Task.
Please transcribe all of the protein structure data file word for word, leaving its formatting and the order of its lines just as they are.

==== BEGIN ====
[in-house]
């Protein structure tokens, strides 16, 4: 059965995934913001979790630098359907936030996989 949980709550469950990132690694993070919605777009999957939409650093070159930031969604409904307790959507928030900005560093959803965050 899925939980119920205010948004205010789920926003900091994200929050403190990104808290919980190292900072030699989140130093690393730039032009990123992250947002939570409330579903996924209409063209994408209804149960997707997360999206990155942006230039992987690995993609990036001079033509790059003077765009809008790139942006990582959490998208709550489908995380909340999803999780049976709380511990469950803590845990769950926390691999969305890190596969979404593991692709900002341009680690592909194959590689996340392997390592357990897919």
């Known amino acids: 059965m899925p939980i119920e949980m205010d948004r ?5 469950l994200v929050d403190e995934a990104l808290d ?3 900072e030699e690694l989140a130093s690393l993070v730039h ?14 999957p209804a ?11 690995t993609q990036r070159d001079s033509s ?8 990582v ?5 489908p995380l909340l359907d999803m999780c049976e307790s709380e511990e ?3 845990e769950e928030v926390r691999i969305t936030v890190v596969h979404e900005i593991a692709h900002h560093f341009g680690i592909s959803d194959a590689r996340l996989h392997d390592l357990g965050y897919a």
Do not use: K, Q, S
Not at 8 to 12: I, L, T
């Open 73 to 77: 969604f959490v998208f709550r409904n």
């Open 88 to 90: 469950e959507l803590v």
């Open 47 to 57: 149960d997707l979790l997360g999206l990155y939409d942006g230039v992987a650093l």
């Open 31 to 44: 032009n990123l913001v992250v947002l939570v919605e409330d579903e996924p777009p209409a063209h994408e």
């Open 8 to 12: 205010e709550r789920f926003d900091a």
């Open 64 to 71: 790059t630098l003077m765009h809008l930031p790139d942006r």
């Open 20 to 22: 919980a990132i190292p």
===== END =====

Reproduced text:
[in-house]
């Protein structure tokens, strides 16, 4: 059965995934913001979790630098359907936030996989 949980709550469950990132690694993070919605777009999957939409650093070159930031969604409904307790959507928030900005560093959803965050 899925939980119920205010948004205010789920926003900091994200929050403190990104808290919980190292900072030699989140130093690393730039032009990123992250947002939570409330579903996924209409063209994408209804149960997707997360999206990155942006230039992987690995993609990036001079033509790059003077765009809008790139942006990582959490998208709550489908995380909340999803999780049976709380511990469950803590845990769950926390691999969305890190596969979404593991692709900002341009680690592909194959590689996340392997390592357990897919």
């Known amino acids: 059965m899925p939980i119920e949980m205010d948004r ?5 469950l994200v929050d403190e995934a990104l808290d ?3 900072e030699e690694l989140a130093s690393l993070v730039h ?14 999957p209804a ?11 690995t993609q990036r070159d001079s033509s ?8 990582v ?5 489908p995380l909340l359907d999803m999780c049976e307790s709380e511990e ?3 845990e769950e928030v926390r691999i969305t936030v890190v596969h979404e900005i593991a692709h900002h560093f341009g680690i592909s959803d194959a590689r996340l996989h392997d390592l357990g965050y897919a």
Do not use: K, Q, S
Not at 8 to 12: I, L, T
């Open 73 to 77: 969604f959490v998208f709550r409904n």
């Open 88 to 90: 469950e959507l803590v």
């Open 47 to 57: 149960d997707l979790l997360g999206l990155y939409d942006g230039v992987a650093l």
């Open 31 to 44: 032009n990123l913001v992250v947002l939570v919605e409330d579903e996924p777009p209409a063209h994408e």
């Open 8 to 12: 205010e709550r789920f926003d900091a």
């Open 64 to 71: 790059t630098l003077m765009h809008l930031p790139d942006r």
């Open 20 to 22: 919980a990132i190292p």